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- MSRP: $249.99
- WEIGHT: 5 lbs. 3 oz.
- LENGTH: 25″ (64 centimeters)
- Frame: Aluminum
- Weight Load: 250 lbs.
The only thing slowing me down while in the Easton Backcountry 25 Snowshoes is the lack of snow we have here in Colorado’s Front Range. Sometimes you just got to set out a little further to have some fun, so that’s what I did. I’ve now ran these shoes through high and rough areas of the Rocky Mountains as well as wet heavy snow of the Sierra Nevadas.
At the first go I was really impressed with these shoes. For how large they are I thought they’d be a lot heavier. Don’t get me wrong at 5.3 pounds they’re a lot heavier than some of the other shoes out there, but these shoes are tough and made for heavy folks and heavy loads worry free.
My overall favorite feature on these shoes are the bindings. It’s a simple two strap canvas pull system. It fits boots large or small and is extremely accessible. The loop pull cord end make the straps a synch for tightening, which relieves you of fumbling around with plastic teeth and snap systems which most popular shoes use. Putting on a pair of Easton Backcounty Snowshoes is so simple, I’d call them the slippers of snowshoes.
The Crampons have two points of contact, the first being a pivoting piece for traction at the toes and the second is at the heel for stability and control. Both sets are equipped with large teeth that really bite down on ice and packed snow giving you really good traction points.
Another nice feature that is commonly overlooked by first time purchasers and the newbie snowshoer that leaves something to be desired is the heel lift. The heel lift is exactly what it sounds like, it’s an adjustable piece that lifts your heel. The heel lift is great for climbing steep slopes. With heel lift down you walk flat footed, which is great for the longer sections of your excursion. When faced with a climb or a steeper ascent the heel lift in place saves your calves, hamstrings, and glutes from working overtime preventing you from burning out much sooner than need be. It simply elevates the pressure of your bodies weight on your toes while climbing by lifting the entire foot from the shoe creating the desired angle. This allows you to have an aggressive forward approach while your body weight is distributed throughout your entire foot.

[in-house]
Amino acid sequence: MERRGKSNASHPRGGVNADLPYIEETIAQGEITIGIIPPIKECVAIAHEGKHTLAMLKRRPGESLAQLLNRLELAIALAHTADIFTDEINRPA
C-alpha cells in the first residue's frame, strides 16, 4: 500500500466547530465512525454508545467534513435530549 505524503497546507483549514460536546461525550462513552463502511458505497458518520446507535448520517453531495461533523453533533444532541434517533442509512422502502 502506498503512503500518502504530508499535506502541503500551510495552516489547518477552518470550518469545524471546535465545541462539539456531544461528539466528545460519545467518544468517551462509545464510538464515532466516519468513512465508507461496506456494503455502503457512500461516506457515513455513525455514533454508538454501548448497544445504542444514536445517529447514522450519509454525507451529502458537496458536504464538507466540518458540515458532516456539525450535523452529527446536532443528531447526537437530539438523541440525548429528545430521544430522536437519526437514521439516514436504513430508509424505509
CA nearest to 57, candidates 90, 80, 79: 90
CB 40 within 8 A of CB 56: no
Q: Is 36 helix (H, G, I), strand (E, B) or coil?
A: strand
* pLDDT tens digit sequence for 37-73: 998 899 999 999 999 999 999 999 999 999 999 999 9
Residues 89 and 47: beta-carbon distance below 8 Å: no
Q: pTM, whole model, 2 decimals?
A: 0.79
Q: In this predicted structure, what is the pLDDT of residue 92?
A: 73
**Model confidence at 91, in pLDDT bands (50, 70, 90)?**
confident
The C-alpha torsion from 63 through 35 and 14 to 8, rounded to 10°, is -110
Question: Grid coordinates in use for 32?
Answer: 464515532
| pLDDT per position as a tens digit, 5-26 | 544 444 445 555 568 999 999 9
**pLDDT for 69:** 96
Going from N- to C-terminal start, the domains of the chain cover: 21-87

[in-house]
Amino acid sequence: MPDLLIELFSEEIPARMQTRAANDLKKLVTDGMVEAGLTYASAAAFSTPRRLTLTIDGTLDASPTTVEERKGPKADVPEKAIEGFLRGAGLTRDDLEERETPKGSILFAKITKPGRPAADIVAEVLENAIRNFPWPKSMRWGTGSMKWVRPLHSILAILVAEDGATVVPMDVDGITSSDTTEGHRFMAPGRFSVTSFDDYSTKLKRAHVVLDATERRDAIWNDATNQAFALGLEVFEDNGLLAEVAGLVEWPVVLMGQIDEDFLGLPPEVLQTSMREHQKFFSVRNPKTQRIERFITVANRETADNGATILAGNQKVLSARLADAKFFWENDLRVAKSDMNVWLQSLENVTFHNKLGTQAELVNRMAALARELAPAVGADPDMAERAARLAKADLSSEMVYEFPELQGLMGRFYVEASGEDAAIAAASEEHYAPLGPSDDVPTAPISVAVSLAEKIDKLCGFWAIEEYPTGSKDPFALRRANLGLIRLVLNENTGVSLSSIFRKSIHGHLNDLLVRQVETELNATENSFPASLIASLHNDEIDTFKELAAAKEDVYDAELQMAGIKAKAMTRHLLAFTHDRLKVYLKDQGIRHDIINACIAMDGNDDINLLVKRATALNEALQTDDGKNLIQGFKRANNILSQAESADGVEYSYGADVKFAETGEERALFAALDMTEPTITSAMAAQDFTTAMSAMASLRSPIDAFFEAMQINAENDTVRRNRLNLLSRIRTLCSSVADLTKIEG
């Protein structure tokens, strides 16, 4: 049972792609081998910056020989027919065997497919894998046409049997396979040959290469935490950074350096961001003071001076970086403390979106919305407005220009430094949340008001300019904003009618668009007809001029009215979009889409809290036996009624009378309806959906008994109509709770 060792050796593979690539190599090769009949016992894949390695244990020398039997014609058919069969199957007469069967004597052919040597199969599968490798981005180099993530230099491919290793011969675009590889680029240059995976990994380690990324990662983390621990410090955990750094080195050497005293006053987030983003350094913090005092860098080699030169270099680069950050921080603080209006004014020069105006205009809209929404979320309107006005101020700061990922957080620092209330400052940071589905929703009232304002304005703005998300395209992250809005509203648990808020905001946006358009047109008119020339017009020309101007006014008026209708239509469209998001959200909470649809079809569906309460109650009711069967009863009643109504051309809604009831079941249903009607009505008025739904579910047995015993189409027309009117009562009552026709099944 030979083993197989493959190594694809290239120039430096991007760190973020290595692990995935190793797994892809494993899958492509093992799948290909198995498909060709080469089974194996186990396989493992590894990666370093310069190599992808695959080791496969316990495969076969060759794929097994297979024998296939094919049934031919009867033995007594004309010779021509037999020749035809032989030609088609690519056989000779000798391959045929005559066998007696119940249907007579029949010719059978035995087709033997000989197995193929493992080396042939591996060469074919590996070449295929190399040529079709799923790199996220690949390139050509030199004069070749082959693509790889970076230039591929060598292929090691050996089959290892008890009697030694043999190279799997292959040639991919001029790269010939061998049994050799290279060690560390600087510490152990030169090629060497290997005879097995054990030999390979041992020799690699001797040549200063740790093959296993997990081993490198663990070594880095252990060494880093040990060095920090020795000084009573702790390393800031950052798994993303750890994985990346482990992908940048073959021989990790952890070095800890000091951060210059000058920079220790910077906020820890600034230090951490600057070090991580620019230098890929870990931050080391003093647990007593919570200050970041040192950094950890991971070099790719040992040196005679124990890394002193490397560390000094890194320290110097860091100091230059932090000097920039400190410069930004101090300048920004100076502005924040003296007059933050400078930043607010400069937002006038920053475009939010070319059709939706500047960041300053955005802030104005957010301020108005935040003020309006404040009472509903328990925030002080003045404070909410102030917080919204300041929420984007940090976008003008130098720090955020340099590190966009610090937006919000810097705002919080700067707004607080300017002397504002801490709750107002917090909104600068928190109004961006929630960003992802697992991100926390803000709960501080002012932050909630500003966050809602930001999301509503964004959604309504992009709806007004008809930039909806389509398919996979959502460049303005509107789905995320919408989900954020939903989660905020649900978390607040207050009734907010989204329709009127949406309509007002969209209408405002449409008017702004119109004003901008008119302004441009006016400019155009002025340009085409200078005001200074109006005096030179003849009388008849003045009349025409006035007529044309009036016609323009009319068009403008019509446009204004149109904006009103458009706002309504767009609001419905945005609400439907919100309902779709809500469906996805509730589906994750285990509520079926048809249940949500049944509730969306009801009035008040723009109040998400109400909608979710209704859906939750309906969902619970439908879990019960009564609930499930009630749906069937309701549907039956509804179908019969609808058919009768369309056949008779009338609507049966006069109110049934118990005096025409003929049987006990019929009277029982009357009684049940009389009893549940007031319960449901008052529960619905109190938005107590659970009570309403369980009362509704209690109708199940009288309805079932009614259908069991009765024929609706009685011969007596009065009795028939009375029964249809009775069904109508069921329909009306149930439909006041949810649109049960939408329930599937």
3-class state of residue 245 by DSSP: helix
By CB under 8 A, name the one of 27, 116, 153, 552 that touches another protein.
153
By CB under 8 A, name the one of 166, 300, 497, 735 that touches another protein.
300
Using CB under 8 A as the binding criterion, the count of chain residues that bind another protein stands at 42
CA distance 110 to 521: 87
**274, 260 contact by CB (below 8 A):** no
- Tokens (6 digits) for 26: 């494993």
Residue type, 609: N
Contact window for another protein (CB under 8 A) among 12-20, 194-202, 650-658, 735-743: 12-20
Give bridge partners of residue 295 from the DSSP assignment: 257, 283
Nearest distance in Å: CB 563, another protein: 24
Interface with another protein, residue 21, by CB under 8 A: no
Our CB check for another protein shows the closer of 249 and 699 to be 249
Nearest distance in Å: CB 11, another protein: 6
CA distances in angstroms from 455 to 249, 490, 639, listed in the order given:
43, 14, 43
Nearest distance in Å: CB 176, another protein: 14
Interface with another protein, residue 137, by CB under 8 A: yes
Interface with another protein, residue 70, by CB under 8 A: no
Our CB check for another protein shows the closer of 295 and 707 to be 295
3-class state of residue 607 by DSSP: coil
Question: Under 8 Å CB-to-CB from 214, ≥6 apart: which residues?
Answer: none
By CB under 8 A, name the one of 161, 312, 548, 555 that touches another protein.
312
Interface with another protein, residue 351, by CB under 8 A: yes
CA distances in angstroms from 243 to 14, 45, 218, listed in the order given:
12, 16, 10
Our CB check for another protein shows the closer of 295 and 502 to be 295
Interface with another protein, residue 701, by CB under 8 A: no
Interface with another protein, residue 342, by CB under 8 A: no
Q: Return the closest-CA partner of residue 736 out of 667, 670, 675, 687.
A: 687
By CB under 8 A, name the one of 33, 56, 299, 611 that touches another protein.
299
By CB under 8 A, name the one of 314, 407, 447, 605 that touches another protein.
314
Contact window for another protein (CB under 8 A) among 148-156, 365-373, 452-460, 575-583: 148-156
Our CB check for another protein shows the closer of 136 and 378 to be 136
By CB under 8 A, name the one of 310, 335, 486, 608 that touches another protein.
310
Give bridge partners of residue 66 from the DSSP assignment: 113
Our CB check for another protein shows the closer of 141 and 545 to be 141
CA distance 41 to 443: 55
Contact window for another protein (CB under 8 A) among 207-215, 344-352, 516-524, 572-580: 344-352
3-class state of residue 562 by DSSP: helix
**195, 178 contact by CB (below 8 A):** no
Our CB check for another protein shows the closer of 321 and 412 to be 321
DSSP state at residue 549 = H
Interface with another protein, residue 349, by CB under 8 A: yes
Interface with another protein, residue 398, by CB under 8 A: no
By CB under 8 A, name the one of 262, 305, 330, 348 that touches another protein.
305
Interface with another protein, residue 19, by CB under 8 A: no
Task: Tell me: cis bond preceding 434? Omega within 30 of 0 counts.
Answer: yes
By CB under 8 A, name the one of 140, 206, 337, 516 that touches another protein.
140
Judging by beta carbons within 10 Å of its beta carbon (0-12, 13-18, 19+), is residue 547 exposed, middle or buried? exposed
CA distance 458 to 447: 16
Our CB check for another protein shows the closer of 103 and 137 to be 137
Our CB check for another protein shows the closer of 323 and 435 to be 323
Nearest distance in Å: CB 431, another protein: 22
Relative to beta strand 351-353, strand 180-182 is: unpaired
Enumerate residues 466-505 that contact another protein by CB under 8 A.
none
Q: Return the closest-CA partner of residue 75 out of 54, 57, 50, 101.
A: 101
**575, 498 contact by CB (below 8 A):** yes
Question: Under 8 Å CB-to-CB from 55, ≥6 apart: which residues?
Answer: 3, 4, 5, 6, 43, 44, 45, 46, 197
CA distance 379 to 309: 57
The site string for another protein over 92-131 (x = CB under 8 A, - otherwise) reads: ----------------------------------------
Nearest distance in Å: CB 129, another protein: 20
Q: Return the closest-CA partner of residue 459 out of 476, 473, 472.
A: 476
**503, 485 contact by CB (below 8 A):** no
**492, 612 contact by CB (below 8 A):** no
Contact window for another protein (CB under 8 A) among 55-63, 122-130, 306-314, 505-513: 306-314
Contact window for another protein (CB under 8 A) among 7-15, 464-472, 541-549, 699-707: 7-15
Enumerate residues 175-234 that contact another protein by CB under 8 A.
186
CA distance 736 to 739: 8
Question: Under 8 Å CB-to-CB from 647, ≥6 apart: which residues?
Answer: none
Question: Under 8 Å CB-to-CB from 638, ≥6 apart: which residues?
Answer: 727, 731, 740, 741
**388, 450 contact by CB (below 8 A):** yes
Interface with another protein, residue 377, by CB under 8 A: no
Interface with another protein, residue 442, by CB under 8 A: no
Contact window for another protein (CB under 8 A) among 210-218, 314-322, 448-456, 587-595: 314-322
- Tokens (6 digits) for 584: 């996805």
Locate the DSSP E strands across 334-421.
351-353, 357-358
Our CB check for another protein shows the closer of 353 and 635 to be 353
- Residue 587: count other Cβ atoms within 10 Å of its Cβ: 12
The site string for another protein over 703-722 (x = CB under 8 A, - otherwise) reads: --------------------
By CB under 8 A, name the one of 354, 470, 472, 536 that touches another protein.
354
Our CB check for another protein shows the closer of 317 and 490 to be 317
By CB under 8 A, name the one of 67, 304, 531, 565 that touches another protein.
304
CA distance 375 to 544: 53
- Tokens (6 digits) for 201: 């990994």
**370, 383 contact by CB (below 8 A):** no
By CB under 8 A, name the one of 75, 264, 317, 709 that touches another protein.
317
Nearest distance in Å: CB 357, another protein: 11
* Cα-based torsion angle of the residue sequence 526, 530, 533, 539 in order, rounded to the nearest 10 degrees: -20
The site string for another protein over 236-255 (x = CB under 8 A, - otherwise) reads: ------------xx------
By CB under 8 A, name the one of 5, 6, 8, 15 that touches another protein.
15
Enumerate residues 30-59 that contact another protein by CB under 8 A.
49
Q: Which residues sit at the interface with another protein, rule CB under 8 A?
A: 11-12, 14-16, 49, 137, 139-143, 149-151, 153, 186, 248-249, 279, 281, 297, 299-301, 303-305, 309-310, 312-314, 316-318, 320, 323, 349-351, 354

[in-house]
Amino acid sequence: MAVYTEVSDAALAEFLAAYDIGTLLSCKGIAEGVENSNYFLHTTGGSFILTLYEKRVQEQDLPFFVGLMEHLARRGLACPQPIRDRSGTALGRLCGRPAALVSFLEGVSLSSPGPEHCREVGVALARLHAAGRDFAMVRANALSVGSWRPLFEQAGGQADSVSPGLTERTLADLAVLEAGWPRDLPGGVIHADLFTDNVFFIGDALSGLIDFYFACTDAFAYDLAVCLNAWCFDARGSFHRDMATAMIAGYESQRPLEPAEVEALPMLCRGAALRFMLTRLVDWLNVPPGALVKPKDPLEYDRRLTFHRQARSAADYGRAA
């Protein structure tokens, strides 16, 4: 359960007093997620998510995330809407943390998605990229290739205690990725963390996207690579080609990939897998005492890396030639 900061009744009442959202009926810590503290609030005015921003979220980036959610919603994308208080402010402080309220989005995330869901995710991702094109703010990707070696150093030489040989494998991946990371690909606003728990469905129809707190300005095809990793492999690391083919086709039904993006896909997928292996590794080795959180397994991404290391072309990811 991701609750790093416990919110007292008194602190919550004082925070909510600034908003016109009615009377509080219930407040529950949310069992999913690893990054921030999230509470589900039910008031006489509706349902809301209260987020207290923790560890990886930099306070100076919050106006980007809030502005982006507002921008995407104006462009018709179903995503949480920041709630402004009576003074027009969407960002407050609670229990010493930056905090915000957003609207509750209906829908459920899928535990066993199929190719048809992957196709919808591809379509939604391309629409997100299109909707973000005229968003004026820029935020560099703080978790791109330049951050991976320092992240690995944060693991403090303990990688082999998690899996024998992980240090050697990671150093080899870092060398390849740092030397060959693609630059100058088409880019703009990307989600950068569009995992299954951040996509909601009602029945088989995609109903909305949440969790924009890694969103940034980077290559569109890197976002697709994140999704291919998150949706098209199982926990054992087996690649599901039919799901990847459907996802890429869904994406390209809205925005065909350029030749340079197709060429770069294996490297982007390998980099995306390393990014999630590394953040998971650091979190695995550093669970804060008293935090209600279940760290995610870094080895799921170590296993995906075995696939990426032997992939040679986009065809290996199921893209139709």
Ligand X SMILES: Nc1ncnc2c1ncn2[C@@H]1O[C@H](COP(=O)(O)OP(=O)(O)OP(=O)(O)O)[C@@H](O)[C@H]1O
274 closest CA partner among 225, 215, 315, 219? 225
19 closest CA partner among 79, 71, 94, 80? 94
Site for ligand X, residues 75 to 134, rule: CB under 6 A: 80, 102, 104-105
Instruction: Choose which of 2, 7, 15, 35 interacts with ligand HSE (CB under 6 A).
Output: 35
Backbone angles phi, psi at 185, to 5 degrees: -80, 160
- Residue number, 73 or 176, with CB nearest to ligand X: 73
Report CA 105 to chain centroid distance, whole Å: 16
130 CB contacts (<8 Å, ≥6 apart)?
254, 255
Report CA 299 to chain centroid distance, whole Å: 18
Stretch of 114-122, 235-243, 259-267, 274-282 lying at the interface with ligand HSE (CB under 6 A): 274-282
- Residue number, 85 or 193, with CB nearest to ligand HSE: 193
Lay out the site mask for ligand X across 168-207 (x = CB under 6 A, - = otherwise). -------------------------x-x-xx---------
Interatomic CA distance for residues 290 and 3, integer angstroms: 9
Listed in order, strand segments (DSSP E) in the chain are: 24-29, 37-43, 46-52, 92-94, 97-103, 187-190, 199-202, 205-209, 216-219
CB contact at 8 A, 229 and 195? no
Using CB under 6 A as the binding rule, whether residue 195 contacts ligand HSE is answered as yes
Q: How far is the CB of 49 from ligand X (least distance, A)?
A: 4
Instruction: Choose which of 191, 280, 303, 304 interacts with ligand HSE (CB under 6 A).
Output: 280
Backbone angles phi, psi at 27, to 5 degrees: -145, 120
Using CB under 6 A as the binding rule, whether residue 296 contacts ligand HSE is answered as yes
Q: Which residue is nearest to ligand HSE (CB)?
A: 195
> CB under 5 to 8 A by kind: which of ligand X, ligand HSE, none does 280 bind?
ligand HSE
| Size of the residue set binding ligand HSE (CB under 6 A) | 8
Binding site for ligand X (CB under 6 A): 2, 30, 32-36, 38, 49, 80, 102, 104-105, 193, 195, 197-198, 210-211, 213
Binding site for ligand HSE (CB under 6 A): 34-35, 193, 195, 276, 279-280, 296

We’ve been pretty fortunate to test a variety of gear from Easton Mountain Products over the last few seasons. Everything they’ve thrown our way thus far has beyond exceeded our expectations. I’m excited to see what they’ll come up with next. For now though I’m more than happy to be taking the Easton Backcountry 25s with me on my adventures to Mt. Shasta, the Klamath National Forest, Crater Lake, Mt. Hood and surrounding areas over the next couple weeks. Reliable gear gets the job done, and these shoes are a great example of that.